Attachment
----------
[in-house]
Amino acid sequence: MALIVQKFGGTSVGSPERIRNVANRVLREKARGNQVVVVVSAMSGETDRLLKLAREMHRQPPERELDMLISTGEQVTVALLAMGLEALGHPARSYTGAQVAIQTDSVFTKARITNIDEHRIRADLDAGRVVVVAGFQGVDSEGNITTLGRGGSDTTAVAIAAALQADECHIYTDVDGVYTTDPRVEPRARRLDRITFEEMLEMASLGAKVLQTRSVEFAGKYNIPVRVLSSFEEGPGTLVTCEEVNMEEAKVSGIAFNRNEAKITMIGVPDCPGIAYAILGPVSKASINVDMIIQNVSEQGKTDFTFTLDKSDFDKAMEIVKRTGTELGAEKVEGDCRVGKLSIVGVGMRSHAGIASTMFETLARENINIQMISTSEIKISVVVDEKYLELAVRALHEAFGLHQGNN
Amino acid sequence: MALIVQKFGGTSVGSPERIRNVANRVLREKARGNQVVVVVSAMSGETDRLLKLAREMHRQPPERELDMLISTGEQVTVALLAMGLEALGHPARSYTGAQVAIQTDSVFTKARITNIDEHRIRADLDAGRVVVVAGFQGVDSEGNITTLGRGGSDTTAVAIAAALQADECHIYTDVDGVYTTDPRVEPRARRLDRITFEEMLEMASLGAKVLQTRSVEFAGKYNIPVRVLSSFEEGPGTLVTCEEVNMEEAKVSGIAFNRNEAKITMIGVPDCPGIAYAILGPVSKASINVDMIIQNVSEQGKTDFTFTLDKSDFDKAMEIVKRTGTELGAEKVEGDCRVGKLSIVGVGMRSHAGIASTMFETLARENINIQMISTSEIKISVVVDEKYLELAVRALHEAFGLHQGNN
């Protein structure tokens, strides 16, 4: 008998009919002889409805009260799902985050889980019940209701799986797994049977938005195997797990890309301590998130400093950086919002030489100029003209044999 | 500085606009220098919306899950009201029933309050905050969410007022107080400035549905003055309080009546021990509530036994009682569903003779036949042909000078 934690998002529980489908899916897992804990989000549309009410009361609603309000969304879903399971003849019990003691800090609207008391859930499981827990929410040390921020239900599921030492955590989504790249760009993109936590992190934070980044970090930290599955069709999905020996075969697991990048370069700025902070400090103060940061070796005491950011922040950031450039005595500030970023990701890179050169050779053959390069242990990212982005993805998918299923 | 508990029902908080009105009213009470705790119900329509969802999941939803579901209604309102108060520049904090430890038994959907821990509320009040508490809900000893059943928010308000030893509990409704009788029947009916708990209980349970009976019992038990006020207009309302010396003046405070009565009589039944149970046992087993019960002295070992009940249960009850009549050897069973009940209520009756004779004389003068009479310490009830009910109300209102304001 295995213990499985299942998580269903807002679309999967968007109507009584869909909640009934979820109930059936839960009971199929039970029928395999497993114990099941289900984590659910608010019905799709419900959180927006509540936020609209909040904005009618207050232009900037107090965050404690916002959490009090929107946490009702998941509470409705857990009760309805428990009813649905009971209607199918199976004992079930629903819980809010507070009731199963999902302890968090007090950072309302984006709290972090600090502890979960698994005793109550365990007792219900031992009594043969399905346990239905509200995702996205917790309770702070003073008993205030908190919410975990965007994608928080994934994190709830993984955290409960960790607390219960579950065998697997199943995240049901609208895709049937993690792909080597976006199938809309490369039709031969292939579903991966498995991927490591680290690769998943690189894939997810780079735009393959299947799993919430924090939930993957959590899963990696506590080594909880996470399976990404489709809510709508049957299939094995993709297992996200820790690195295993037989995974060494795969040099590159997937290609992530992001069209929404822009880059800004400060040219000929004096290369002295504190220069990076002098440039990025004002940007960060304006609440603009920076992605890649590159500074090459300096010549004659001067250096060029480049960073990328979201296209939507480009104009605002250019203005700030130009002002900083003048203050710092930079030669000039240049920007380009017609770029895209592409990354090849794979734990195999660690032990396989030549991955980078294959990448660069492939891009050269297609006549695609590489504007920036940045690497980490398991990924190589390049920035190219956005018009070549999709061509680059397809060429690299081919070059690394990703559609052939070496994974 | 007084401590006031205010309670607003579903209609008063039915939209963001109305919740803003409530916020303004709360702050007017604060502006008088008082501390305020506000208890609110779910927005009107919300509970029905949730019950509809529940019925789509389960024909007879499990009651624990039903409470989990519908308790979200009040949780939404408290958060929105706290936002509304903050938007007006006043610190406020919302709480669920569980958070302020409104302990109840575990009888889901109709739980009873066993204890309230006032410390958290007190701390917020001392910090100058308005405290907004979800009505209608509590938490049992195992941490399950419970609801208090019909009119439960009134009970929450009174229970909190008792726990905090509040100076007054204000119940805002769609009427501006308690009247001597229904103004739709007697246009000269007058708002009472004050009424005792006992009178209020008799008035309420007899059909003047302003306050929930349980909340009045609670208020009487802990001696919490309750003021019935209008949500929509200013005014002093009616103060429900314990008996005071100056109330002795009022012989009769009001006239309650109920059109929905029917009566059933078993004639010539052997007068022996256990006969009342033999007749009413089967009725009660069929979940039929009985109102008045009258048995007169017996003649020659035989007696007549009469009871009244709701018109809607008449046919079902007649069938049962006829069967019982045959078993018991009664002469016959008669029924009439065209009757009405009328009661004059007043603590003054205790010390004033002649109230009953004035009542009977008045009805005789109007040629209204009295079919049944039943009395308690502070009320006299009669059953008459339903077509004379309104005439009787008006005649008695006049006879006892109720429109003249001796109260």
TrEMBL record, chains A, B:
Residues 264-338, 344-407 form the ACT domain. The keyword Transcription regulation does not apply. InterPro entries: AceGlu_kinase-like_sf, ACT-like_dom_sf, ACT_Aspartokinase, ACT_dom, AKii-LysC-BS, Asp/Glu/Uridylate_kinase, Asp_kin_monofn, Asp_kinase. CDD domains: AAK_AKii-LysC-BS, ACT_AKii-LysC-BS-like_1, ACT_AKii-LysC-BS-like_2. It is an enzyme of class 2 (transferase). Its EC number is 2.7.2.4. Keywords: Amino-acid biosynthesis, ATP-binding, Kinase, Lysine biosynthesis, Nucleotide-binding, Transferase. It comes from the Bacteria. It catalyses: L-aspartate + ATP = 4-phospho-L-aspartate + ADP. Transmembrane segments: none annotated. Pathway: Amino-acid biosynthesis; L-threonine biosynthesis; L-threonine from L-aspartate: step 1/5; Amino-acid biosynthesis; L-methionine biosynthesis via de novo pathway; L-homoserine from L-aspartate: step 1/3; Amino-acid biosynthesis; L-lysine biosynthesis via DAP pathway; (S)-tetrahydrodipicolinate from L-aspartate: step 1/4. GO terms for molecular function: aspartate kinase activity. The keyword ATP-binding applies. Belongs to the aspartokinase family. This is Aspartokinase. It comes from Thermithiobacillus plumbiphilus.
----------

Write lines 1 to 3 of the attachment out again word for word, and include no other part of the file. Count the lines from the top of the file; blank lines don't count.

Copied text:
[in-house]
Amino acid sequence: MALIVQKFGGTSVGSPERIRNVANRVLREKARGNQVVVVVSAMSGETDRLLKLAREMHRQPPERELDMLISTGEQVTVALLAMGLEALGHPARSYTGAQVAIQTDSVFTKARITNIDEHRIRADLDAGRVVVVAGFQGVDSEGNITTLGRGGSDTTAVAIAAALQADECHIYTDVDGVYTTDPRVEPRARRLDRITFEEMLEMASLGAKVLQTRSVEFAGKYNIPVRVLSSFEEGPGTLVTCEEVNMEEAKVSGIAFNRNEAKITMIGVPDCPGIAYAILGPVSKASINVDMIIQNVSEQGKTDFTFTLDKSDFDKAMEIVKRTGTELGAEKVEGDCRVGKLSIVGVGMRSHAGIASTMFETLARENINIQMISTSEIKISVVVDEKYLELAVRALHEAFGLHQGNN
Amino acid sequence: MALIVQKFGGTSVGSPERIRNVANRVLREKARGNQVVVVVSAMSGETDRLLKLAREMHRQPPERELDMLISTGEQVTVALLAMGLEALGHPARSYTGAQVAIQTDSVFTKARITNIDEHRIRADLDAGRVVVVAGFQGVDSEGNITTLGRGGSDTTAVAIAAALQADECHIYTDVDGVYTTDPRVEPRARRLDRITFEEMLEMASLGAKVLQTRSVEFAGKYNIPVRVLSSFEEGPGTLVTCEEVNMEEAKVSGIAFNRNEAKITMIGVPDCPGIAYAILGPVSKASINVDMIIQNVSEQGKTDFTFTLDKSDFDKAMEIVKRTGTELGAEKVEGDCRVGKLSIVGVGMRSHAGIASTMFETLARENINIQMISTSEIKISVVVDEKYLELAVRALHEAFGLHQGNN